In regard to the angio-architecture, 11 of 15 patients (73%) showed the lesion was located at the non-dominant side or co-dominant side of the VA and 9 lesions among them were located distal to the PICA. VA coil trapping was performed for those 9 cases, the angiographic result showed complete occlusion. For the rest of 2 patients whose lesion was located proximal to the PICA, BTO was followed and the flow of contralateral VA was filling enough to the ipsilateral PICA territory during the test, so that they also treated with VA coil trapping and the angiographic result showed complete occlusion.
The rest 4 patients (27%) showed the lesion was at the dominant VA and additional BTO was followed. The result of 3 patients was negative and treatment options were divided as their angio-architectures; VA coil trapping for the lesion with "pearl and string sign" (1 patient), and stent-assisted coil embolization for the lesion with "saccular aneurysm" (2 patients). The result of BTO for the rest of 1 patient was positive and the patient showed "fusiform dilation" in the DSA, stent insertion alone technic was followed and angiographic result was incomplete.
Thirteen patients (86.7%) showed good clinical results in regard to Post-procedure mRS. Four patients (26.7%) were evaluated as 0 point and the other 9 patients (60%) were 1 point. The other 2 patients (13%) were evaluated as 2 and 6 points respectively, the patient who expired 1 week after the endovascular treatment showed stuporous mentality at admission; Hunt Hess scale = 4, and Initial mRS = 5 points. The summary of endovascular treatments and their outcomes are presented in Table 2.

DISCUSSION
VADA is a rare disease and the annual occurrence rate has been stated to be 1/100,000 cases in the USA11). It is common in the middle-aged, mostly 40-50 years. Ruptured VADA patients presented with severe SAH usually show disastrous neurological results and a high occurrence rate of rebleeding.4)7)8) Mizutani et al. retrospectively analyzed 42 patients with re-bleeding triggered by the ruptured VADA and discovered that 40.5% of re-bleeding occurred within 24 hours and that 57.1% occurred one week following the initial hemorrhage,7) so that after the diagnosis is confirmed, the treatment for ruptured VADA should be performed as soon as possible to prevent re-bleeding.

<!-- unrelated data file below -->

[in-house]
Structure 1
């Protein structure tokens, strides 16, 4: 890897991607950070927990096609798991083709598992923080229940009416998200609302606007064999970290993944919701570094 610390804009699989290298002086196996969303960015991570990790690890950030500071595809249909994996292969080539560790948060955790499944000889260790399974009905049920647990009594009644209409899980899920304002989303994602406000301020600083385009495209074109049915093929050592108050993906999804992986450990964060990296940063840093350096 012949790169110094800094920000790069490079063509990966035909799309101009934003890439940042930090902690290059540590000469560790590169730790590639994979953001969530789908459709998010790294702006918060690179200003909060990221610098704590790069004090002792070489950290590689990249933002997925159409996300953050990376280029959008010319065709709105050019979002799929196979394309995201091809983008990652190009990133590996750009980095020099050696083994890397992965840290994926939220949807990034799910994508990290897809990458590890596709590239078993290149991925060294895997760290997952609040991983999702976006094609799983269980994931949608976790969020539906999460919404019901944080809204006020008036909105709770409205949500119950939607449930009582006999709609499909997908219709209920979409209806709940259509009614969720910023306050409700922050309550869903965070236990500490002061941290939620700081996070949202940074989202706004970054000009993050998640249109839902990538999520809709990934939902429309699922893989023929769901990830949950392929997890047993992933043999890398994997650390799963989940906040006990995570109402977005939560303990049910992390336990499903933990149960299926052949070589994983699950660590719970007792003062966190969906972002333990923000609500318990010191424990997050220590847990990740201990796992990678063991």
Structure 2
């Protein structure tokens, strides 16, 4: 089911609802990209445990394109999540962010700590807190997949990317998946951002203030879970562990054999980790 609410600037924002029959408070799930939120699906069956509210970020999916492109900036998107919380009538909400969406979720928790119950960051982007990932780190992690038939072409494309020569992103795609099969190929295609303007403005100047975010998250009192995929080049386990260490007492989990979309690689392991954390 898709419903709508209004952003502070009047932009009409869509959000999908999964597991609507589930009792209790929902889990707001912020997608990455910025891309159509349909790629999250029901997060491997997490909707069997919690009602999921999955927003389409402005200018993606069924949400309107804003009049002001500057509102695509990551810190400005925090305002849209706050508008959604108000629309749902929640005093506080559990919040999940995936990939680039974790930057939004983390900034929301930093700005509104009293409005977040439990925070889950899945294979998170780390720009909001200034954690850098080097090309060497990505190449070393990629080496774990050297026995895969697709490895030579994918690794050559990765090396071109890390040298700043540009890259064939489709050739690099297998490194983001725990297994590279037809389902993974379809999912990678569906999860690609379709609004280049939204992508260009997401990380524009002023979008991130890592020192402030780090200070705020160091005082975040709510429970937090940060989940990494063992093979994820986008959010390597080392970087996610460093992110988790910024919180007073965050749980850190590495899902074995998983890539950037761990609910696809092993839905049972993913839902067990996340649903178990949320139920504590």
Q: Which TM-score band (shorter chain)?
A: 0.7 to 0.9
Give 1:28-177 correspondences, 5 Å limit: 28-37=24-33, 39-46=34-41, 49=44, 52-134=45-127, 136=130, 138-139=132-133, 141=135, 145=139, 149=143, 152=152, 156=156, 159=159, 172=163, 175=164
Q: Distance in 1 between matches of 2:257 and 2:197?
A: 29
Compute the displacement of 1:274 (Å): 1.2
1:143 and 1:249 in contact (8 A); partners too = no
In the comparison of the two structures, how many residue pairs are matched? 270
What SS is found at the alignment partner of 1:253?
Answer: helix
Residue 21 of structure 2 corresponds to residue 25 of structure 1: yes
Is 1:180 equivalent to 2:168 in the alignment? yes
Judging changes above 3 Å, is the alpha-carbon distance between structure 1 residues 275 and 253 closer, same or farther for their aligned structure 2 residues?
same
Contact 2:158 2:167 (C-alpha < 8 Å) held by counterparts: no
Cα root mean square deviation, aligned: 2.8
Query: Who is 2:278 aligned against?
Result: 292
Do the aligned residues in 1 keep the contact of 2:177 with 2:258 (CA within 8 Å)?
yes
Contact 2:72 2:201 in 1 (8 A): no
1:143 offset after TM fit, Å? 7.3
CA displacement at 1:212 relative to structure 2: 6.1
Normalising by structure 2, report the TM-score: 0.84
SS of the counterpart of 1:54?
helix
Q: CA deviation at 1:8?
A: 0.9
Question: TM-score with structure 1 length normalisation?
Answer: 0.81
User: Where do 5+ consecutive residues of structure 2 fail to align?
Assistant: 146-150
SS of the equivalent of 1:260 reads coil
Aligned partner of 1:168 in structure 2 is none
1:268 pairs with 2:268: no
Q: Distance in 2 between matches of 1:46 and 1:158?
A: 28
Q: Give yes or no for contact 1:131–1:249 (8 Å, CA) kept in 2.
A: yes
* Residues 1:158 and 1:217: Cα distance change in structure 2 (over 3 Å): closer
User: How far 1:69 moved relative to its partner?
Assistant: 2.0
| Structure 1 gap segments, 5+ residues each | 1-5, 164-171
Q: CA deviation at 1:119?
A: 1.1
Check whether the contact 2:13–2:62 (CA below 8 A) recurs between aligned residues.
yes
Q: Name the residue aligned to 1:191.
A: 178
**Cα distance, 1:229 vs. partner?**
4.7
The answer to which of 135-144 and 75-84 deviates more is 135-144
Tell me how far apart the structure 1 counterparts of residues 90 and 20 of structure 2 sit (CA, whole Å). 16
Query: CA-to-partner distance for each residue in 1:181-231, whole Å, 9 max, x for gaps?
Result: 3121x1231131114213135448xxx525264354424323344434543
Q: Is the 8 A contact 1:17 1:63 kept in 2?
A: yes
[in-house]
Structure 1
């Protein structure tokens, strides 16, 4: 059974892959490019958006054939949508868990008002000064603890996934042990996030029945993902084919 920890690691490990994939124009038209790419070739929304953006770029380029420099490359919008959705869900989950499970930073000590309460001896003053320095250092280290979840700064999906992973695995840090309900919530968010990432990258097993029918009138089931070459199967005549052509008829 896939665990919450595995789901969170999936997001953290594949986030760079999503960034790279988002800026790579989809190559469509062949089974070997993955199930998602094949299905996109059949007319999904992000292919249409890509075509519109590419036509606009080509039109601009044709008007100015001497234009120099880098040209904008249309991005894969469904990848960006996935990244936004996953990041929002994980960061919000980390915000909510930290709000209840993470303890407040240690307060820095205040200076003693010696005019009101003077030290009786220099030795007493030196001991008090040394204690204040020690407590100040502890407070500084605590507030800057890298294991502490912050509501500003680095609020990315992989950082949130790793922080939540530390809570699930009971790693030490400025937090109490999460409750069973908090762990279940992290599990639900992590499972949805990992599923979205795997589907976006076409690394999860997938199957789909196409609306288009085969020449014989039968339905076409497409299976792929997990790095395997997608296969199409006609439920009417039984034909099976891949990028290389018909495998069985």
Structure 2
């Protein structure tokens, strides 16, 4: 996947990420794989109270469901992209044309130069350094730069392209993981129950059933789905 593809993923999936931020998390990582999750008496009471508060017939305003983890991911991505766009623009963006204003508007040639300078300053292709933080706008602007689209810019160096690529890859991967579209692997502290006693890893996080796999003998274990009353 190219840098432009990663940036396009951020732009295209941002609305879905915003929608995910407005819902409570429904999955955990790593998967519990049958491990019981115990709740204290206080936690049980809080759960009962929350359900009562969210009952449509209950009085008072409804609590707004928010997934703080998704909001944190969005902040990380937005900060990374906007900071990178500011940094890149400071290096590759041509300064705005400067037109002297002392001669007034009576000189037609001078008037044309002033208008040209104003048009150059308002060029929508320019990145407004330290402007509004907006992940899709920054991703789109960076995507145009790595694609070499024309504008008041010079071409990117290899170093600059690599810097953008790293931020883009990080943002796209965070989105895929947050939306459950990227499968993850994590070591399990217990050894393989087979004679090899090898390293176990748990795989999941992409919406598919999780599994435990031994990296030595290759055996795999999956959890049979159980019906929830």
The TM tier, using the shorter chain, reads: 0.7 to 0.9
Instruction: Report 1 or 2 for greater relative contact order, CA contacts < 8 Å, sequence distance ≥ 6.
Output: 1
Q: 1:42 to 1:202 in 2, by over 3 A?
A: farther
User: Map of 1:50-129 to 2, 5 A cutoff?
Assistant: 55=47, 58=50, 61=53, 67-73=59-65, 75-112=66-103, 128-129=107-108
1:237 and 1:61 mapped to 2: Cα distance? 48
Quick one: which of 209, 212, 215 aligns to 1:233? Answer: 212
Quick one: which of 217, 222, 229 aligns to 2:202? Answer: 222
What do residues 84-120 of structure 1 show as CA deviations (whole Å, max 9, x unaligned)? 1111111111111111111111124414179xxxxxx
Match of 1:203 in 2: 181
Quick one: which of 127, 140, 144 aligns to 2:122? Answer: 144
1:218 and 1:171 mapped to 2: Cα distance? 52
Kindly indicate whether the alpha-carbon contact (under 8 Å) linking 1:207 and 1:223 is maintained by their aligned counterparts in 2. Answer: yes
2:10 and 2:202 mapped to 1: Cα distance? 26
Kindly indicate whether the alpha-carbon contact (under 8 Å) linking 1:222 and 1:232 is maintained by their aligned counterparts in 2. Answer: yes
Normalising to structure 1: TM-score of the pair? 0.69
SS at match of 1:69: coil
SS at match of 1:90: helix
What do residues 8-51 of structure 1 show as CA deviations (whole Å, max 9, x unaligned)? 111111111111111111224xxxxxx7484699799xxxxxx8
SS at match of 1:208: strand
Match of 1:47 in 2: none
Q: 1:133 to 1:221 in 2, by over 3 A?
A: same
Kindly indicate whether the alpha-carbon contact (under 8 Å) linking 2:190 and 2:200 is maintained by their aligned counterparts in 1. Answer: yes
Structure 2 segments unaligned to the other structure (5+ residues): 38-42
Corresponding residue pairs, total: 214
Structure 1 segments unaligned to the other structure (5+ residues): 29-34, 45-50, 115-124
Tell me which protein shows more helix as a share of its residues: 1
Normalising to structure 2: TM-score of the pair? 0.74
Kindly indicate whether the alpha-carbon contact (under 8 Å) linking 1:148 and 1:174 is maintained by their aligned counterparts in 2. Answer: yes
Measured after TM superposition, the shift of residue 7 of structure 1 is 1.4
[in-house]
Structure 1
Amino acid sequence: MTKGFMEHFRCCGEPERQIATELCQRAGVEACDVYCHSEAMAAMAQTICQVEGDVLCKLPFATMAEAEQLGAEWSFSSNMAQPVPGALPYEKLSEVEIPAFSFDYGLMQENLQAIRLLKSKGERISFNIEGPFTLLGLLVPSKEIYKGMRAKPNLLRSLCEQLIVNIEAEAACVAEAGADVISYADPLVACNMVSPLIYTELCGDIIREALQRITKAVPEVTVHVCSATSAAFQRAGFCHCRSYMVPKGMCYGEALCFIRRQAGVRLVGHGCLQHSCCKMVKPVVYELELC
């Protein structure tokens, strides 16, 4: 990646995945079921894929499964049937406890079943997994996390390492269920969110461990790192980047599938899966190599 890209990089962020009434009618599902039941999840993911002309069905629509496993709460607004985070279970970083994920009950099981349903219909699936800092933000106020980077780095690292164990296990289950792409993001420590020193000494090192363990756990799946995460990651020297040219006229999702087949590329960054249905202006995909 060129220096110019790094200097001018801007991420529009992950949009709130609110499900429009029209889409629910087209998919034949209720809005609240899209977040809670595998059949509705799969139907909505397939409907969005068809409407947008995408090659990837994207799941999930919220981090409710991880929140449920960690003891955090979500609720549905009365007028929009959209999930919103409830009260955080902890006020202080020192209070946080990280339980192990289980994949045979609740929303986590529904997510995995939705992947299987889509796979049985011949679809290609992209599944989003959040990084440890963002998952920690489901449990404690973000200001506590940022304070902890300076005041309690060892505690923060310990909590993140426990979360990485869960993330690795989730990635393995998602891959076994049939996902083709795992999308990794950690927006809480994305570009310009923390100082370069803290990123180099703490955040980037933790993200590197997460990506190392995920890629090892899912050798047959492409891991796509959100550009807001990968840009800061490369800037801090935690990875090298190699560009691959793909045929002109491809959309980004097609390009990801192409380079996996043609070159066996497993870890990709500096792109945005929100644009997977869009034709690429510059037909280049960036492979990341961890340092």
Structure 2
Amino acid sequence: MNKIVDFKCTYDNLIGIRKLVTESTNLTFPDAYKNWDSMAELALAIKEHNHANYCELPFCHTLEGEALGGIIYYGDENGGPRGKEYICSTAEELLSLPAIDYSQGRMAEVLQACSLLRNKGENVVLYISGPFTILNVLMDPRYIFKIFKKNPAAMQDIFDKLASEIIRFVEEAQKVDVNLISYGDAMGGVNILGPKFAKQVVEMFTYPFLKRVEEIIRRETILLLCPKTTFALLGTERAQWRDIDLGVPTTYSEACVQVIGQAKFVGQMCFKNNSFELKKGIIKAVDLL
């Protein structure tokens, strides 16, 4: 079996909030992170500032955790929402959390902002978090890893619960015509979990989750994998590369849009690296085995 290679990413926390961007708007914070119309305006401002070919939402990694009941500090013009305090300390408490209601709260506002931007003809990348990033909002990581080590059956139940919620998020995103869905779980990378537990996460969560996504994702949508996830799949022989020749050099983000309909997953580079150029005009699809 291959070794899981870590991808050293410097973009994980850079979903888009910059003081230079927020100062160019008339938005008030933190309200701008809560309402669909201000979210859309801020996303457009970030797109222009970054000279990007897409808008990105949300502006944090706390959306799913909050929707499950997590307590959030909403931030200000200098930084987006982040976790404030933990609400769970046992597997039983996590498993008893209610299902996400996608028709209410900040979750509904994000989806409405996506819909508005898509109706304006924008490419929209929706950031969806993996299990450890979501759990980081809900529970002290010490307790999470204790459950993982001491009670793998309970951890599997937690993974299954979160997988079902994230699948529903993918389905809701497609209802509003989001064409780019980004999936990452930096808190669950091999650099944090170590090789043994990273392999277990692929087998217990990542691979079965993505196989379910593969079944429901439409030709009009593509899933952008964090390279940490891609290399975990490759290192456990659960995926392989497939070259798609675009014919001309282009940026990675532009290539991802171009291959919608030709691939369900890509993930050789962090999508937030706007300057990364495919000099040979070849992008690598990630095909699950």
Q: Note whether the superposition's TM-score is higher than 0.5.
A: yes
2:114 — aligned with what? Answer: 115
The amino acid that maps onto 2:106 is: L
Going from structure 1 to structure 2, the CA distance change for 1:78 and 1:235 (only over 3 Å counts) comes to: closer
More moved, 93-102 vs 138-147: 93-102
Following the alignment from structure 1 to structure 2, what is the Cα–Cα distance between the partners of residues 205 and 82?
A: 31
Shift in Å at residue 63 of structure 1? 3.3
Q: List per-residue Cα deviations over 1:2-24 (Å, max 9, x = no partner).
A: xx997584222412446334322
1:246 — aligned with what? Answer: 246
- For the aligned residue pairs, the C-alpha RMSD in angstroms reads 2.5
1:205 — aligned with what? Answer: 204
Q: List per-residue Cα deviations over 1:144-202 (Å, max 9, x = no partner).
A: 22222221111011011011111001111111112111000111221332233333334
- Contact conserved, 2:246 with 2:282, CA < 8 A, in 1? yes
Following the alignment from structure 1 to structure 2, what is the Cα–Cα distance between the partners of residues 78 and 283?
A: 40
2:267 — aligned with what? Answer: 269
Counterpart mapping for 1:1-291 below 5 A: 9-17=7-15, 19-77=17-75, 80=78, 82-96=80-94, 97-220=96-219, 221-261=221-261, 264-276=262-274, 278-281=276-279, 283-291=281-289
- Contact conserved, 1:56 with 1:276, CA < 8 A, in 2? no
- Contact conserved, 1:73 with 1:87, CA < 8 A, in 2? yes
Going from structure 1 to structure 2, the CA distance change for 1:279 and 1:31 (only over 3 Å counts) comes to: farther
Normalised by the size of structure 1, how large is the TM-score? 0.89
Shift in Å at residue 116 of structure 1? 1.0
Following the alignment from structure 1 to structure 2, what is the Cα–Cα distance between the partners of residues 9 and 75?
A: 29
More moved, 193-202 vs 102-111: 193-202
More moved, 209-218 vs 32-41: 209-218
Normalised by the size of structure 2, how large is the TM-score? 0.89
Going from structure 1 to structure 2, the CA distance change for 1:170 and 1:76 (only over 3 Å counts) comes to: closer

Furthermore, initial neurological status can be an important factor for predicting the prognosis. All patients in our study were presented with SAH and initially evaluated by Hunt Hess scale, 2 patients among them are score 3 and 4 respectively, and rest of 13 patients are score 1 or 2. All the 15 patients were treated within 24 hours at the diagnosis, but the 2 patients with high Hunt Hess scale showed poor prognosis after the treatment. They were evaluated as 3 and 5 points for each of them at Initial mRS, 2 and 6 points respectively at Post-procedure mRS.
Endovascular treatments such as VA coil trapping, coil embolization of the aneurysmal sac with or without stent insertion, and stent insertion alone become the treatment of choice because VADAs do not have a real neck and conventional clipping does not manage the aneurysm successfully.10) The angio-architecture of the vertebrobasilar system is the most important factor to select proper method of the endovascular treatments. We selected stent-assisted coil embolization in "saccular aneurysm" cases because the lesion could be well-localized, and we could preserve the flow of parent artery with making complete occlusion of the lesion. However coil embolization alone technic was impossible because of the aneurysmal sac had wide neck and the coil frame was unstable, so additional stent insertion was inevitable to prevent loosening of the coils.
We selected VA coil trapping as a first treatment of choice for the rest "pearl and string sign", "string sign" and "fusiform dilation" cases, because they could not be localized and we had to make complete occlusion both the lesion and the parent artery. In those cases, if the VADA was located at the non-dominant side or co-dominant side of the VA and distal to the PICA, we selected VA coil trapping as a treatment option without performing BTO. However, if the lesion was located at the dominant side of VA or proximal to the PICA, BTO should be performed before selecting the treatment option. If the result of BTO was negative, VA coil trapping could be still the first treatment of choice.